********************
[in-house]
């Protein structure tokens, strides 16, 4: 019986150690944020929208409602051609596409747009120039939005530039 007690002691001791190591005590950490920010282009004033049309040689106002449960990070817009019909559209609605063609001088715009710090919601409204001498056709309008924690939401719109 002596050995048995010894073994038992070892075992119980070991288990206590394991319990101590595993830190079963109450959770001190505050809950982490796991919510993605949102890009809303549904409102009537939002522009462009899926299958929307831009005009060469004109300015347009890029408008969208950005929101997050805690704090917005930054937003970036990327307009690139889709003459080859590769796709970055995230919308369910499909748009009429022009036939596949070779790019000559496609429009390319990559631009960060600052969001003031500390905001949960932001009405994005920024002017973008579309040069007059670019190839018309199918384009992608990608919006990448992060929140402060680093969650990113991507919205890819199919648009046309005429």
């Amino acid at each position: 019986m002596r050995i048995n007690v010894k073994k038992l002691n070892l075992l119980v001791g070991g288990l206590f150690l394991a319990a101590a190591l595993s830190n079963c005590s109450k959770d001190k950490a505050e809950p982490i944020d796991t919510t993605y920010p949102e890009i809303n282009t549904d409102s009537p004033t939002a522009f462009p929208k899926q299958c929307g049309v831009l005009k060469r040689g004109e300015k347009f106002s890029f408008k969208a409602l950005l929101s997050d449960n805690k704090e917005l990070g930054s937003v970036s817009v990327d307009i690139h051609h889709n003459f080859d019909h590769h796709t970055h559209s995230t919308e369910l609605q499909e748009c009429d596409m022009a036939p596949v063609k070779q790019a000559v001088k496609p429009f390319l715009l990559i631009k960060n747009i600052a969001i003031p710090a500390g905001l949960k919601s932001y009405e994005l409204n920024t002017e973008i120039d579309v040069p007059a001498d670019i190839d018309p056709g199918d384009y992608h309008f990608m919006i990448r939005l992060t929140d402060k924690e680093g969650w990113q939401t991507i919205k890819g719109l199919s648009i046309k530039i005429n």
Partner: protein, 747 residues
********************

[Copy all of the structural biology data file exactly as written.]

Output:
[in-house]
């Protein structure tokens, strides 16, 4: 019986150690944020929208409602051609596409747009120039939005530039 007690002691001791190591005590950490920010282009004033049309040689106002449960990070817009019909559209609605063609001088715009710090919601409204001498056709309008924690939401719109 002596050995048995010894073994038992070892075992119980070991288990206590394991319990101590595993830190079963109450959770001190505050809950982490796991919510993605949102890009809303549904409102009537939002522009462009899926299958929307831009005009060469004109300015347009890029408008969208950005929101997050805690704090917005930054937003970036990327307009690139889709003459080859590769796709970055995230919308369910499909748009009429022009036939596949070779790019000559496609429009390319990559631009960060600052969001003031500390905001949960932001009405994005920024002017973008579309040069007059670019190839018309199918384009992608990608919006990448992060929140402060680093969650990113991507919205890819199919648009046309005429």
């Amino acid at each position: 019986m002596r050995i048995n007690v010894k073994k038992l002691n070892l075992l119980v001791g070991g288990l206590f150690l394991a319990a101590a190591l595993s830190n079963c005590s109450k959770d001190k950490a505050e809950p982490i944020d796991t919510t993605y920010p949102e890009i809303n282009t549904d409102s009537p004033t939002a522009f462009p929208k899926q299958c929307g049309v831009l005009k060469r040689g004109e300015k347009f106002s890029f408008k969208a409602l950005l929101s997050d449960n805690k704090e917005l990070g930054s937003v970036s817009v990327d307009i690139h051609h889709n003459f080859d019909h590769h796709t970055h559209s995230t919308e369910l609605q499909e748009c009429d596409m022009a036939p596949v063609k070779q790019a000559v001088k496609p429009f390319l715009l990559i631009k960060n747009i600052a969001i003031p710090a500390g905001l949960k919601s932001y009405e994005l409204n920024t002017e973008i120039d579309v040069p007059a001498d670019i190839d018309p056709g199918d384009y992608h309008f990608m919006i990448r939005l992060t929140d402060k924690e680093g969650w990113q939401t991507i919205k890819g719109l199919s648009i046309k530039i005429n």
Partner: protein, 747 residues